Published on October 25th, 2012 in the EMC Stitsville
EMC News - Get back to work - that's the message area Progressive Conservatives and New Democrats, and even non-aligned average citizens, are sending to Premier Dalton McGuinty in Queen's Park, with the launching of an online, and hard-copy petition that Lanark, Frontenac, Lennox and Addington MPP Randy Hillier intends to deliver to Lieutenant Governor David Onley later this week.
"On Wednesday (Oct. 17), I put up a website called Get Ontario Back to Work," said Hillier during a telephone interview from his Perth constituency office. Online and in person, he is asking voters to phone their representatives, and write letters, online or through old school snail mail, and to sign his petition online, through his web site or his Facebook site.
"Let me just hit the refresh button," said Hillier leaning over to his computer, which then pops up the number that, as of this past Monday afternoon, the petition stands at 1,658 signatures.
Hard copy petitions are available at Hillier's constituency offices in Perth, Carleton Place and Napanee.
But Hillier admits that while the state of political limbo Ontario finds itself in at the moment is unusual, so too is his petition.
"Petitions are generally put to the government of the day," said Hillier. "He (Onley) does not have any legal means to recall the legislature."
But, Hillier hopes that enough signatures on the petition will "demonstrate public pressure in all elected people... to respect the general will of the people," and that since "the premier has his authority from the crown, (and) the Lieutenant Governor is the crown (representative)," if Onley were to call McGuinty in to his office, he could use his bully pulpit to convince McGuinty to recall the legislature.
"We have seen in the past, for example, in Canada in 1926, Lord Byng (the Governor General) refused to accept the advice of his first minister," Prime Minister William Lyon Mackenzie King, which prompted the King-Byng affair.
Hillier calls this the "reserve powers of the crown" which are "never intended to be used," but are there in case of an emergency.
Any number of what-if scenarios are be contemplated now, including the possibility of the P.C.'s and NDP joining forces to defeat the Liberal government's throne speech after the Jan. 25 leadership vote. A similar event happened in 1985 when Frank Miller's P.C. government was defeated on its throne speech. Unable to secure a coalition with either David Peterson's Liberals or Bob Rae's NDP, the Lieutenant Governor of the day called on Peterson to hammer out a coalition with Rae, which later became known as the Accord government of 1985-87.
"It's a possibility," said Hillier. "I have no idea and I would not even contemplate giving odds of that."
While any new government would have to have the support of the house, the Lieutenant Governor must also take the longevity of any such government, coalition or not, into account. A government likely to survive less than a year would be of "diminished value" said Hillier, who added that he himself has been getting an earful from constituents who wonder why he isn't in Toronto.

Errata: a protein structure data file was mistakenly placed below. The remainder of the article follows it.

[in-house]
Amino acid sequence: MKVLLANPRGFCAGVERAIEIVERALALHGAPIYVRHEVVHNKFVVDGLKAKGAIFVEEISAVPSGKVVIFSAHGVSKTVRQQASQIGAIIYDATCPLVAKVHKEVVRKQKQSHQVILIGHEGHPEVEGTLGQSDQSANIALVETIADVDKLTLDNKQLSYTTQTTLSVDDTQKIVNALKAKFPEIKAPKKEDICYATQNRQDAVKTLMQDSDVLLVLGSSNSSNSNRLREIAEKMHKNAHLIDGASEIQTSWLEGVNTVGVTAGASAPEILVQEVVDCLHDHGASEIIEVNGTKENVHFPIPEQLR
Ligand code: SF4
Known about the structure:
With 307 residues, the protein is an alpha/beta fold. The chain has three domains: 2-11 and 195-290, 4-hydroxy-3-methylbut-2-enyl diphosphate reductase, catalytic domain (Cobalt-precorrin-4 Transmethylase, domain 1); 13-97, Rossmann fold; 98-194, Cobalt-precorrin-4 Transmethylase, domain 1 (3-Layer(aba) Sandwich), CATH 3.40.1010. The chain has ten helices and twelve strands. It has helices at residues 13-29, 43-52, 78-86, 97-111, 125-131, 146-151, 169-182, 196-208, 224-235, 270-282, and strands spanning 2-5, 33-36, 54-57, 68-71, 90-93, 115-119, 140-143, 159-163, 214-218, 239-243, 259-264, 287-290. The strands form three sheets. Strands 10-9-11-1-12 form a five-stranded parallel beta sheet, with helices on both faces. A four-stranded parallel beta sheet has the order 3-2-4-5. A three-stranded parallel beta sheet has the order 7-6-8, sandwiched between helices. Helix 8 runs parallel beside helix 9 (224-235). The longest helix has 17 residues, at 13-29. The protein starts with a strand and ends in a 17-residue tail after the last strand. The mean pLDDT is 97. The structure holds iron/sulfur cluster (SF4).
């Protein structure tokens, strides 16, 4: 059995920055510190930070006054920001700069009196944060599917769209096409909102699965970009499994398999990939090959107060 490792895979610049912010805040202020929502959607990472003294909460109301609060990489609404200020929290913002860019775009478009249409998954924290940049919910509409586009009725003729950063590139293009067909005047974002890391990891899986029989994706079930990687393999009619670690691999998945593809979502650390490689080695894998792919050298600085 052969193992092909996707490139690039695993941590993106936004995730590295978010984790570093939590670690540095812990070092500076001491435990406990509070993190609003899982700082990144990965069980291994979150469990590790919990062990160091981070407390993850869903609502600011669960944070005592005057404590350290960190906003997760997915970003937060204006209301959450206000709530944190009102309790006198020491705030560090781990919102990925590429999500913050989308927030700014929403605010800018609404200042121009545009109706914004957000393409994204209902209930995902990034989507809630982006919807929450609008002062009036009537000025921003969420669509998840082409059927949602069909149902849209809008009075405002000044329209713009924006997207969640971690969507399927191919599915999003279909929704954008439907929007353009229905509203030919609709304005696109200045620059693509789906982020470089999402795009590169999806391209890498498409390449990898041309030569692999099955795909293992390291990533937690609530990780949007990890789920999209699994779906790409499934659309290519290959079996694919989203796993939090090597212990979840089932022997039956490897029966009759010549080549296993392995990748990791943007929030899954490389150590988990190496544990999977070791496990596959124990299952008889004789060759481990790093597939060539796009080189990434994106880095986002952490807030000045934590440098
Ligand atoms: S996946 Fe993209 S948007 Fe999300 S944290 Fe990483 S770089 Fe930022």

"There is little else on people's minds," he insisted. "Throw away the objectionableness and crass partisanship. This is about our province. This is about Dalton McGuinty covering his (butt)."
Bill MacDonald, the former Liberal candidate in Lanark, Frontenac, Lennox and Addington during the last provincial election on Oct. 6, 2011, however, won't be signing the petition himself, seeing it as a necessary "cooling off," valve during a heated session at Queen's Park.
"I think, through history... former premiers have taken the same action," as McGuinty did in proroguing the house, said MacDonald, pointing out that Bob Rae, during his 1990-95 stint at premier, prorogued the house four times. "It seems to be an action...taken when there is a deadlock in a minority situation. It seems that when the agenda of the ruling party comes to a roadblock, this is an option that is open to them. We've got a major issue here in Ontario as a result of the debt, which is because of all of the parties, not just the Liberals. We all have to work together."
McGuinty stated last week that one of the reasons why he had pulled the plug on the legislature session was to allow the government to hammer things out with the teacher's unions. MacDonald noted that the Drummond Report had recommended getting rid of 10,000 teachers and 10,000 education assistants.
"That would have been a fairly Draconian action in the teaching field," said MacDonald. "They (the government) would rather work with teachers."
However, many teachers are still upset with Bill 115, the "Putting Students First Act," passed in September. While things would have been worse for teachers with job cuts, as opposed to pay freezes, MacDonald said that he thought that the government's position was "laid out very well," to the teachers, but admitted that things could have been handled differently.
"I think we can always look back, hindsight is 20/20," said MacDonald. "Should it have been communicated better? We can all look back and say, yes, perhaps."
He joked that he himself will not be running for McGuinty's old job, and does not know who will step forward, but added that "I hope we have 10 or 15 candidates."